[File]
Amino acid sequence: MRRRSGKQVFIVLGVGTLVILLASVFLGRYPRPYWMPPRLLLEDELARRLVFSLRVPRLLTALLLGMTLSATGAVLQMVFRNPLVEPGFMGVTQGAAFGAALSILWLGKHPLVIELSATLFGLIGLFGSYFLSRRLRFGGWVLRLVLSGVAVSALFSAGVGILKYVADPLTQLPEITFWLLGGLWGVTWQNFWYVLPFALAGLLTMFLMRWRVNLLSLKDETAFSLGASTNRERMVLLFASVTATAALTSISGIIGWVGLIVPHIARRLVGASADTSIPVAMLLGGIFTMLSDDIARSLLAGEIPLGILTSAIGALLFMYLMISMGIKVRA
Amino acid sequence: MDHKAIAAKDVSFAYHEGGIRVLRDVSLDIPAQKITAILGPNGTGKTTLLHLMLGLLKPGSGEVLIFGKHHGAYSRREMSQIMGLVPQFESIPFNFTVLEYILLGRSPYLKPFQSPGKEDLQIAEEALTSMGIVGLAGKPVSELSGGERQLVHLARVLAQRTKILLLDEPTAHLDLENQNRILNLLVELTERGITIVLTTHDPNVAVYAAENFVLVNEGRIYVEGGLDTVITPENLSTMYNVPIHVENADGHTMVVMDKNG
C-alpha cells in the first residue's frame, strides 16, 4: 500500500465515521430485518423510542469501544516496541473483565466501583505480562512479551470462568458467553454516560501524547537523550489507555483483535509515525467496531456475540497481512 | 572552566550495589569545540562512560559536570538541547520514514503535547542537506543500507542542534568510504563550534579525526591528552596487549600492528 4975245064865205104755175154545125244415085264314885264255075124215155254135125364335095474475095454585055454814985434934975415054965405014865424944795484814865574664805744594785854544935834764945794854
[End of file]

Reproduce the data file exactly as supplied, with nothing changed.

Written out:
Amino acid sequence: MRRRSGKQVFIVLGVGTLVILLASVFLGRYPRPYWMPPRLLLEDELARRLVFSLRVPRLLTALLLGMTLSATGAVLQMVFRNPLVEPGFMGVTQGAAFGAALSILWLGKHPLVIELSATLFGLIGLFGSYFLSRRLRFGGWVLRLVLSGVAVSALFSAGVGILKYVADPLTQLPEITFWLLGGLWGVTWQNFWYVLPFALAGLLTMFLMRWRVNLLSLKDETAFSLGASTNRERMVLLFASVTATAALTSISGIIGWVGLIVPHIARRLVGASADTSIPVAMLLGGIFTMLSDDIARSLLAGEIPLGILTSAIGALLFMYLMISMGIKVRA
Amino acid sequence: MDHKAIAAKDVSFAYHEGGIRVLRDVSLDIPAQKITAILGPNGTGKTTLLHLMLGLLKPGSGEVLIFGKHHGAYSRREMSQIMGLVPQFESIPFNFTVLEYILLGRSPYLKPFQSPGKEDLQIAEEALTSMGIVGLAGKPVSELSGGERQLVHLARVLAQRTKILLLDEPTAHLDLENQNRILNLLVELTERGITIVLTTHDPNVAVYAAENFVLVNEGRIYVEGGLDTVITPENLSTMYNVPIHVENADGHTMVVMDKNG
C-alpha cells in the first residue's frame, strides 16, 4: 500500500465515521430485518423510542469501544516496541473483565466501583505480562512479551470462568458467553454516560501524547537523550489507555483483535509515525467496531456475540497481512 | 572552566550495589569545540562512560559536570538541547520514514503535547542537506543500507542542534568510504563550534579525526591528552596487549600492528 4975245064865205104755175154545125244415085264314885264255075124215155254135125364335095474475095454585055454814985434934975415054965405014865424944795484814865574664805744594785854544935834764945794854